Think Apple is stock market gold? Think China is the new economic superpower? You thought wrong. In the years since losing Steve Jobs, Apple has failed to innovate while engaging in unparalleled corporate arrogance. China meanwhile is leveraged to the hilt at the same time their government is criminalizing liquidation. Today Robert and Kim talk with Bert Dohmen about these economic threats and why everyone is ignoring them.
We've noticed that during the rare earth element bubble in 2010–2011, people didn't know what these niche minerals that go into everyday critical technologies were or where they were sourced. We've seen that knowledge grow in the last five years and downstream companies like Apple and Tesla are now aware of what the raw materials are and where they come from.
Disruptive technologies are completely new markets that are creating new value chains, products such as smartphones, electric vehicles and different types of energy storage. Growth in these new markets are affecting not only their own supply chains, but also those of existing industrial markets that rely on the same raw materials.
So if the people do not have the money to buy, and cannot keep increasing their private debt to service consumption because of the predatory lending rates and usurious fees in the system, guess what happens to aggregate demand? Duh.
This is not new. This is not unknown to economists. Thanks to Wall Street On Parade for reminding us of Franklin Roosevelt's campaign speech delivered at Oglethorpe University in 1932 during the depths of the Great Depression.
Zimbabwe adopts Chinese yuan as legal currency (Arthur Robey)
Zimbabwe, once a colony of the UK, has seen significant inflation over the years. Therefore, Zimbabwe has introduced several foreign currencies for relief. Meanwhile, there is no rush to reenact the Zimbabwean dollar, says Charity Dhiwayo, governor of the Reserve Bank of Zimbabwe.
In 2009, Zimbabwe adopted the US dollar and the South African rand. In 2014, Zimbabwe announced it would accept more foreign currencies, including the Japanese yen, the Australian dollar, the Indian rupee, and the Chinese yuan. However, in practice, the US dollar has been dominant in local markets.
Take the Gold, Leave the Cash (Tiffany B.)
If your gold is in a private, non-bank storage facility, such as a secure vault, however, the case is not so simple. Section 22.214.171.124.2 of the IRS Internal Revenue Manual states that “Other financial accounts generally encompass any accounts in which the assets are held in a co-mingled fund and the account owner holds an equity interest in the fund.” So whether your gold in a private vault — like the Perth Mint — is considered an “other financial account” by the IRS depends on whether the gold is “allocated” or “unallocated.”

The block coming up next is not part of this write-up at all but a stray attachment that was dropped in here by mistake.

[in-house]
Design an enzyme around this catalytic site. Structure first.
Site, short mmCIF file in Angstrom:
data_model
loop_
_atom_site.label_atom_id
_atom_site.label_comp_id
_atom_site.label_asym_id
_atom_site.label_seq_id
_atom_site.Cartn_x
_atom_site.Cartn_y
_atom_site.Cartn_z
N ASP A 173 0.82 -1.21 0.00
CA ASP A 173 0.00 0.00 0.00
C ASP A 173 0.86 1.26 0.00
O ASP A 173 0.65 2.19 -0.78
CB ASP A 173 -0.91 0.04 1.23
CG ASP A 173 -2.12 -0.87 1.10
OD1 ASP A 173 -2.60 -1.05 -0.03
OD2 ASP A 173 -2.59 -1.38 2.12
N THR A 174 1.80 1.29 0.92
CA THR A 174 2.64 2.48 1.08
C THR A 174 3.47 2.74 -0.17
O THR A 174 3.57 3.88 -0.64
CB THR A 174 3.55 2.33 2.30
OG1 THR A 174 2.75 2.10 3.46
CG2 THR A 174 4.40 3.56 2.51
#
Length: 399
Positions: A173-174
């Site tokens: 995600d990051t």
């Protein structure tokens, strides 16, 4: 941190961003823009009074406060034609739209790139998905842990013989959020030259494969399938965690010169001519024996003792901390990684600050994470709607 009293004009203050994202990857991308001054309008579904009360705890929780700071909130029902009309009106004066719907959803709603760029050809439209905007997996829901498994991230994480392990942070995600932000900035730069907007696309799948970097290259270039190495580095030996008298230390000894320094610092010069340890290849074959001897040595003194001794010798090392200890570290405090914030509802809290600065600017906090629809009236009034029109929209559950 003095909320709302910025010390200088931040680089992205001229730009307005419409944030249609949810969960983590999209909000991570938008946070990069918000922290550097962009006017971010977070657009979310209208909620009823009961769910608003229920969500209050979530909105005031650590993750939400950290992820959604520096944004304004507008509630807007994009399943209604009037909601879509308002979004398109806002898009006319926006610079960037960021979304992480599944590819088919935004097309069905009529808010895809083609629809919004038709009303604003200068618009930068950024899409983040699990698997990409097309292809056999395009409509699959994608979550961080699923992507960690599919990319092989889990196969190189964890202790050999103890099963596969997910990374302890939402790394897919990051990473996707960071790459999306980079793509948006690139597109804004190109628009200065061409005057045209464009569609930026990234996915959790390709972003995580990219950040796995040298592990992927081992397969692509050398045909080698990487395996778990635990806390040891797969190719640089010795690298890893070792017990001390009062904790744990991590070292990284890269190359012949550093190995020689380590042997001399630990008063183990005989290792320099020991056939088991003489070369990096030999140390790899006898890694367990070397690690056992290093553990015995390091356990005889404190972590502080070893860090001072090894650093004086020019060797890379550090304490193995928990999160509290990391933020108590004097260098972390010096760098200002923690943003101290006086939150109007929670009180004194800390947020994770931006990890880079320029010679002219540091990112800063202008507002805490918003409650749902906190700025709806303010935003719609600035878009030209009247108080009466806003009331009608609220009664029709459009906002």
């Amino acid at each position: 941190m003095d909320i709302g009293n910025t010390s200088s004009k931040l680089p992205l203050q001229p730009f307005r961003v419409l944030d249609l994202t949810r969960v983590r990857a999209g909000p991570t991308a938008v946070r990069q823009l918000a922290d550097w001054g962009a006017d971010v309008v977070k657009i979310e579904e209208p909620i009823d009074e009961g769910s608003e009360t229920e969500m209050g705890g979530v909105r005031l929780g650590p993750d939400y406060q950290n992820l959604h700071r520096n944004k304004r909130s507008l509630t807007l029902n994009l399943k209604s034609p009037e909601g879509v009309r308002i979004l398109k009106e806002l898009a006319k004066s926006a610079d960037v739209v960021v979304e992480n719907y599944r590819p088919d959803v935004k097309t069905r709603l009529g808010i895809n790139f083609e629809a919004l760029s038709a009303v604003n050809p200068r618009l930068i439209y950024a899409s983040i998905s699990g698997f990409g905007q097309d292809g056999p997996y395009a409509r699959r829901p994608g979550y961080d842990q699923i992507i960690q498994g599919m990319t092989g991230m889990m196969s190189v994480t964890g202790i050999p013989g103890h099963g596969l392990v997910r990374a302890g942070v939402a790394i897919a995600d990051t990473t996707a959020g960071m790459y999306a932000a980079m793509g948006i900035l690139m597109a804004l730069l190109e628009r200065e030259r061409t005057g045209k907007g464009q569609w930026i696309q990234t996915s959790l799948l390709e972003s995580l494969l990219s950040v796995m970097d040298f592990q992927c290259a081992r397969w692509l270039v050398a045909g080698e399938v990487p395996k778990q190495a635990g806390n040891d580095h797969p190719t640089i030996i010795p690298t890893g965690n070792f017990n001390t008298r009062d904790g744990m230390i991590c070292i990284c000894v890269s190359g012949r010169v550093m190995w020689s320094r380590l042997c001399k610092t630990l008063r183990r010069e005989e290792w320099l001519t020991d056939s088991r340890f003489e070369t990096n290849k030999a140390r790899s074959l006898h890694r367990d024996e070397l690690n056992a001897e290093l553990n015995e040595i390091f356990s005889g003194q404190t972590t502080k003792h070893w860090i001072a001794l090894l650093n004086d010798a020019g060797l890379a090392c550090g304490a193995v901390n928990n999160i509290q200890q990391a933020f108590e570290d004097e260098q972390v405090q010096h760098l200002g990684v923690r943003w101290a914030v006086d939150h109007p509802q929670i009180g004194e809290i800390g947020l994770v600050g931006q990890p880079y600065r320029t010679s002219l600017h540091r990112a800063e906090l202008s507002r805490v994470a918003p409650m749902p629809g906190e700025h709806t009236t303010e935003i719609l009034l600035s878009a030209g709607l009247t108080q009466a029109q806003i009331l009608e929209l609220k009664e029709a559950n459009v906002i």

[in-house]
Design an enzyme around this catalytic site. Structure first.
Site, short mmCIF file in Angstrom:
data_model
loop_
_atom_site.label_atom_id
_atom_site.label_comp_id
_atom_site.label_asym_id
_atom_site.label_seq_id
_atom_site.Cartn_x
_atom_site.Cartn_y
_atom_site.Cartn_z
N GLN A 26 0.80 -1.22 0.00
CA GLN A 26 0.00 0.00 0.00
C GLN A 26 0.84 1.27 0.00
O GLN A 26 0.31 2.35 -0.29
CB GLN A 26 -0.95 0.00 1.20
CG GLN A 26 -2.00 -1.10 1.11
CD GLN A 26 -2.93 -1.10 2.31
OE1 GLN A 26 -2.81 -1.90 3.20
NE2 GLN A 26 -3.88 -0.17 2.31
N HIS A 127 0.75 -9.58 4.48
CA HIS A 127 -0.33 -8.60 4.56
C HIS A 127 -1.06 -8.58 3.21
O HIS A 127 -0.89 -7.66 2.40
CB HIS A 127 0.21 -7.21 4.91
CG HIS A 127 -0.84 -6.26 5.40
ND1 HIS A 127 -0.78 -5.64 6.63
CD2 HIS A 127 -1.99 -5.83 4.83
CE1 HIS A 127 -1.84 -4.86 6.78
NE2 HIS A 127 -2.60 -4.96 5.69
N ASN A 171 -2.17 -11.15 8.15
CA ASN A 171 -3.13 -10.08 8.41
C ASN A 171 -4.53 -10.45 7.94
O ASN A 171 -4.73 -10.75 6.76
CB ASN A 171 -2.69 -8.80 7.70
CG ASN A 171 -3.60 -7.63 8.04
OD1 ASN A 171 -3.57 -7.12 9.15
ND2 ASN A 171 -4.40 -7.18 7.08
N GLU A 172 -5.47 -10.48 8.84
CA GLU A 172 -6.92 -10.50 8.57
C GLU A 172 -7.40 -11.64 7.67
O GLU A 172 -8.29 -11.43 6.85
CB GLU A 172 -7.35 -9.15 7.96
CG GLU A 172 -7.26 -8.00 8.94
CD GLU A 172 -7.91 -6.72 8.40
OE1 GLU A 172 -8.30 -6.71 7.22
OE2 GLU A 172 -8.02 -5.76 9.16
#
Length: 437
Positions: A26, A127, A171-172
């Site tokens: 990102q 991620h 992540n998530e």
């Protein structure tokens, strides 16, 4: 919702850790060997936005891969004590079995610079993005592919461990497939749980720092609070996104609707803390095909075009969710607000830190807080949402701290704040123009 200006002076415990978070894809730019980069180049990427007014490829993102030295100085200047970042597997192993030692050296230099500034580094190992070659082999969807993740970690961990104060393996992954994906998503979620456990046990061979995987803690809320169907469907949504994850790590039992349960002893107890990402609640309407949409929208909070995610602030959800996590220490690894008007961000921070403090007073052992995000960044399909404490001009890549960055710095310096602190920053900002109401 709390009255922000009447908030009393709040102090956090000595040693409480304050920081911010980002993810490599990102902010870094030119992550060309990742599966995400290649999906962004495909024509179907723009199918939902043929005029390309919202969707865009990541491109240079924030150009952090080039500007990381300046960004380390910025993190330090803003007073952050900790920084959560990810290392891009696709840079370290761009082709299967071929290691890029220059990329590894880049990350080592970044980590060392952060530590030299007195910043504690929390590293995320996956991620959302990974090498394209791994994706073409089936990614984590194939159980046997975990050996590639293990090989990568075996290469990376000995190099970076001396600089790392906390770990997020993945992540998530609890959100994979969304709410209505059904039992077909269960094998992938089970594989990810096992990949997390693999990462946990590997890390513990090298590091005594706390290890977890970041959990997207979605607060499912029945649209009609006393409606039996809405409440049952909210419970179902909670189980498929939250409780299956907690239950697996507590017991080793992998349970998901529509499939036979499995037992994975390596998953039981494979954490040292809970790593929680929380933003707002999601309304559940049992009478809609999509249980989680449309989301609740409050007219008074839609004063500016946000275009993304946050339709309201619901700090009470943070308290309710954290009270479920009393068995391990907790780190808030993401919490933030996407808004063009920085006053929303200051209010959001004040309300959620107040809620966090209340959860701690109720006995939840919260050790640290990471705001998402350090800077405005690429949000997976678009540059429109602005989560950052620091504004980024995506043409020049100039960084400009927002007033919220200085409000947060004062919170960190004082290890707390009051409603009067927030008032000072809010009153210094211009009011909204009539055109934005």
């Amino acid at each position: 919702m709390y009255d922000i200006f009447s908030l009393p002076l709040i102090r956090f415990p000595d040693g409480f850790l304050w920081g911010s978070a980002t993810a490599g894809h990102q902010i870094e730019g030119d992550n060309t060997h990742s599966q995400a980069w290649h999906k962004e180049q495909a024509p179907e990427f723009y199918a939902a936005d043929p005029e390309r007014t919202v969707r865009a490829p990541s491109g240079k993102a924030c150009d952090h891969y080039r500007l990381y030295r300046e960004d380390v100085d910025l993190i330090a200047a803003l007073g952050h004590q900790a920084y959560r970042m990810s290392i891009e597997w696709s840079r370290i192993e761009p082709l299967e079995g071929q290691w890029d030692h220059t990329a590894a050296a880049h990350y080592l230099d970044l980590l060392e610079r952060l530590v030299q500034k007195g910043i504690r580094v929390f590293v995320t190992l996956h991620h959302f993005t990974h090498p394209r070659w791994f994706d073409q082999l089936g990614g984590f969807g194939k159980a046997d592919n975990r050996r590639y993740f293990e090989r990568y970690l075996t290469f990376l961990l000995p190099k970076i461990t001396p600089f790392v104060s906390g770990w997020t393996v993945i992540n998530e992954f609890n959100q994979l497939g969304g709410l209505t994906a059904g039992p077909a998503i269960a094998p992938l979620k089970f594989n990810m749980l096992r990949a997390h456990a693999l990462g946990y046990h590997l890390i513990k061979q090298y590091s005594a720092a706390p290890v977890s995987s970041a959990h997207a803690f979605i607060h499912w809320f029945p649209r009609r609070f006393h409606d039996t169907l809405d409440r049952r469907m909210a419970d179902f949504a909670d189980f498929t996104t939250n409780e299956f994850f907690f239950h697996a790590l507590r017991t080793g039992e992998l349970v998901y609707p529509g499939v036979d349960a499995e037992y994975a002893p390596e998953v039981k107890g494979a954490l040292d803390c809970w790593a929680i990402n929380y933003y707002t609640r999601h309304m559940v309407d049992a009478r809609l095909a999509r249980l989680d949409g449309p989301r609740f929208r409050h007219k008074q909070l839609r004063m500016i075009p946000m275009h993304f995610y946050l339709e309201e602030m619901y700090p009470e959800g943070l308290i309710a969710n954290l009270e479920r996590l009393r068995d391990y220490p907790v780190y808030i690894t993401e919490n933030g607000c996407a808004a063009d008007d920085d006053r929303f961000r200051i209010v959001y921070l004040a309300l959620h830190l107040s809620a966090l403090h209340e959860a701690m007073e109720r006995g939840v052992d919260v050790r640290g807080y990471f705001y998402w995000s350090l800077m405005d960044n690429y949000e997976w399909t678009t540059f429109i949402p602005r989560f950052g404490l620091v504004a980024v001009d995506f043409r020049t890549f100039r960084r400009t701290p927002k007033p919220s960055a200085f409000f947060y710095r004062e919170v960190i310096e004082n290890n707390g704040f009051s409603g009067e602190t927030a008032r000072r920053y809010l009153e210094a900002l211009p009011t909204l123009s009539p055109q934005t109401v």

The economy operates within a finite world, so at some point, a problem of diminishing returns develops. In other words, it takes more and more effort (human labor and use of resources) to produce a given quantity of oil or food, or fresh water, or other desirable products. The problem of slowing economic growth is very closely related to the question: How can the limits we are reaching be expected to play out in a finite world? Many people imagine that we will “run out” of some necessary resource, such as oil, but I see the situation differently. Let me explain a few issues that may not be obvious.
A week before The EPA disastrously leaked millions of gallons of toxic waste into The Animas River in Colorado, this letter to the editor was published in The Silverton Standard & The Miner local newspaper, authored by a retired geologist detailing verbatim, how EPA would foul the Animas River on purpose in order to secure superfund money.
The continued decline in average wind prices, along with a bit of a rebound in wholesale power prices, put wind below the bottom of the range of nationwide wholesale power prices in 2014. Wind energy contracts executed in 2014 also compare very favorably to a range of projections of the fuel costs of gas-fired generation extending out through 2040. These low prices have spurred demand for wind energy, both from traditional electric utilities and also, increasingly, from commercial customers.
If you think California’s four-year drought is apocalyptic, try 13 years. That’s how long southeastern Australia suffered through bone-dry times. But it survived. When the so-called Millennium Drought ended in 2009, residents of Melbourne, Australia’s second-largest city, were using half the amount of water they had when it began. A group of researchers from the University of California, Irvine, set out to investigate how Melbourne, a city of 4.3 million people, dramatically cut water consumption, and whether the city’s experience might hold lessons for California and other drought-stricken regions. The short answer? Salvation came from a $2,000 rainwater tank rather than a $6 billion desalinization plant.
Preparing oneself — emotionally and otherwise — for the ground to shake is something that half of Americans should consider doing. That's because about 143 million people in the 48 contiguous states live in areas at risk for potentially damaging earthquakes, according to U.S. Geological Survey research published Monday in the journal Earthquake Spectra.
Gold & Silver
Provided daily by the Peak Prosperity Gold & Silver Group
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